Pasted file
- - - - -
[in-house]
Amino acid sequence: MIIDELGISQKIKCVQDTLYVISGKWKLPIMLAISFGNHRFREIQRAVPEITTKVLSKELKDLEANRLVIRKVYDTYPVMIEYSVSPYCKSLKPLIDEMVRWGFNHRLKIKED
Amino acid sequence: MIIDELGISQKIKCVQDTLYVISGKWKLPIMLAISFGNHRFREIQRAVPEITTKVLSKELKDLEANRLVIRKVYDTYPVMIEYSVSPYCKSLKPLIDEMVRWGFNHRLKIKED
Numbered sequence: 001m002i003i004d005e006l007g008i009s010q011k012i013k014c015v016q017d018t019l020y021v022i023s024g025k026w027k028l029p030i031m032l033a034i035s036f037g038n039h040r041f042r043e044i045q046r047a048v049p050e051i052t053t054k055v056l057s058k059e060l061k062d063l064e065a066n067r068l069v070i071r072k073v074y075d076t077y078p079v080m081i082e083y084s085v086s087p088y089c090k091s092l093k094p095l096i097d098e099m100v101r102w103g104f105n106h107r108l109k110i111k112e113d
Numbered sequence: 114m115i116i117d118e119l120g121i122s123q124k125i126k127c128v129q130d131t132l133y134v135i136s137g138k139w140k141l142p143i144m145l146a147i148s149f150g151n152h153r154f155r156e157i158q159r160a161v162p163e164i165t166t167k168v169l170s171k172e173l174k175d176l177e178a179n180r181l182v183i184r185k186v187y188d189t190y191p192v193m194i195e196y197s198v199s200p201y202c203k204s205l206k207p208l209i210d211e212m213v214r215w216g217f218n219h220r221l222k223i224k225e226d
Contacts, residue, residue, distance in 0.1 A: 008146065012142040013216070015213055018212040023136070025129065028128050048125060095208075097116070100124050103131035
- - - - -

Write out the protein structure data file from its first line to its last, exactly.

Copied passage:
[in-house]
Amino acid sequence: MIIDELGISQKIKCVQDTLYVISGKWKLPIMLAISFGNHRFREIQRAVPEITTKVLSKELKDLEANRLVIRKVYDTYPVMIEYSVSPYCKSLKPLIDEMVRWGFNHRLKIKED
Amino acid sequence: MIIDELGISQKIKCVQDTLYVISGKWKLPIMLAISFGNHRFREIQRAVPEITTKVLSKELKDLEANRLVIRKVYDTYPVMIEYSVSPYCKSLKPLIDEMVRWGFNHRLKIKED
Numbered sequence: 001m002i003i004d005e006l007g008i009s010q011k012i013k014c015v016q017d018t019l020y021v022i023s024g025k026w027k028l029p030i031m032l033a034i035s036f037g038n039h040r041f042r043e044i045q046r047a048v049p050e051i052t053t054k055v056l057s058k059e060l061k062d063l064e065a066n067r068l069v070i071r072k073v074y075d076t077y078p079v080m081i082e083y084s085v086s087p088y089c090k091s092l093k094p095l096i097d098e099m100v101r102w103g104f105n106h107r108l109k110i111k112e113d
Numbered sequence: 114m115i116i117d118e119l120g121i122s123q124k125i126k127c128v129q130d131t132l133y134v135i136s137g138k139w140k141l142p143i144m145l146a147i148s149f150g151n152h153r154f155r156e157i158q159r160a161v162p163e164i165t166t167k168v169l170s171k172e173l174k175d176l177e178a179n180r181l182v183i184r185k186v187y188d189t190y191p192v193m194i195e196y197s198v199s200p201y202c203k204s205l206k207p208l209i210d211e212m213v214r215w216g217f218n219h220r221l222k223i224k225e226d
Contacts, residue, residue, distance in 0.1 A: 008146065012142040013216070015213055018212040023136070025129065028128050048125060095208075097116070100124050103131035